Warner Music has made a renewed bid to buy British Record label EMI . If successful, the deal would unite two of the four big record labels to become one larger super label, leaving Sony BMG and Universal below on a second tier above the independent labels.

The proposed merger could spell the end for EMI's plans to scrap digital rights management (DRM) protection on its back catalogue of music files.

It's the latest chapter in the on-going DRM debate which has caused so much controversy in the world of music during the last month. It all started when Steve Jobs wrote in an open letter to the music industry that he felt DRM copy protection on music should be scrapped, after which EMI and Warner came out fairly aggressively on opposing sides.

EMI went along with Jobs' comments, and was forthcoming with its plans to sell its own music on online stores DRM-free. Warner on the other hand categorically rebuffed the anti-DRM statements.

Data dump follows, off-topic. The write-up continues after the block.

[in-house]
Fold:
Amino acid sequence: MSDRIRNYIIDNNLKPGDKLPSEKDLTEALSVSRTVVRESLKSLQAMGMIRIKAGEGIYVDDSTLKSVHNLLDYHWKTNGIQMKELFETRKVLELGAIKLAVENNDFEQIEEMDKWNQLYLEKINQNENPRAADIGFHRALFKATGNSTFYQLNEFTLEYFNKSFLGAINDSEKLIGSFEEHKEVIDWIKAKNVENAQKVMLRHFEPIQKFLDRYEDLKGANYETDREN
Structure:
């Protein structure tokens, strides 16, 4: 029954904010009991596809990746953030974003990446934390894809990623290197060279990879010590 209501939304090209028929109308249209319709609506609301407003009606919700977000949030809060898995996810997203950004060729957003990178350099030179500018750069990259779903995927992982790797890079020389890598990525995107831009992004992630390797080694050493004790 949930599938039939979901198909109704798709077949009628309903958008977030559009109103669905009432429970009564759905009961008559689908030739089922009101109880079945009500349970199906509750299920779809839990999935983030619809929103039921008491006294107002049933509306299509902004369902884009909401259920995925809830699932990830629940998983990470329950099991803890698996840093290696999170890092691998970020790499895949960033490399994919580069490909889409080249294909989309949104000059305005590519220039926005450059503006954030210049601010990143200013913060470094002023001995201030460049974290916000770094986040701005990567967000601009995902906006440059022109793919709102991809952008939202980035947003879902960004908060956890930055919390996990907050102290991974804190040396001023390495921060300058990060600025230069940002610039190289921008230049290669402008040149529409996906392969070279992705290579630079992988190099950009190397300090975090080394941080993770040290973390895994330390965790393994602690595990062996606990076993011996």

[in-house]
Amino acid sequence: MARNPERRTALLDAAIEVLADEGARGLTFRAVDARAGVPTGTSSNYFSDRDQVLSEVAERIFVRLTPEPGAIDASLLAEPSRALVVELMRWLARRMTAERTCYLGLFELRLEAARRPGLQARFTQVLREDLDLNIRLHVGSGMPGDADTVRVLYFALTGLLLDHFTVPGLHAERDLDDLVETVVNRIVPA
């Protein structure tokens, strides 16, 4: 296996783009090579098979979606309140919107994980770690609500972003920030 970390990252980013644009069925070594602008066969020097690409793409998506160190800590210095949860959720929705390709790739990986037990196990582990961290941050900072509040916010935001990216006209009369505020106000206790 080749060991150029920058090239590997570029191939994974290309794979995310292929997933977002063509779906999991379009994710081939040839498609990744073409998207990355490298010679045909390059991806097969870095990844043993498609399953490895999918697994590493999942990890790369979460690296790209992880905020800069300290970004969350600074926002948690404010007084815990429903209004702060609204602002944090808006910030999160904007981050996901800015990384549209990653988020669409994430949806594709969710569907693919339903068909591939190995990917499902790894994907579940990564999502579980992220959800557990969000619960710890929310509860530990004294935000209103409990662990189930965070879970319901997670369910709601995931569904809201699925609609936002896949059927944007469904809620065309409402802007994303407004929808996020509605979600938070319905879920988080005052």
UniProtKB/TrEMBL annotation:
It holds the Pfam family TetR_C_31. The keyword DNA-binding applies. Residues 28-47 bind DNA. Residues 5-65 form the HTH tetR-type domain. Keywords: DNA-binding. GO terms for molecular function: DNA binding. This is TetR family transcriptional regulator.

Its CEO Edgar Bronfman said at the time, "We advocate the continued use of DRM. The notion that music does not deserve the same protection as software, film, video games or other intellectual property, simply because there is an unprotected legacy product in the physical world, is completely without logic or merit."

If Warner is successful in acquiring EMI and its catalogue of bands, it would follow that the DRM-killing initiatives currently being plotted at Abbey Road Studios will be sentenced to death, effectively killing off any chance that online stores such as iTunes and Rhapsody might begin selling DRM-free EMI MP3 tracks to the masses.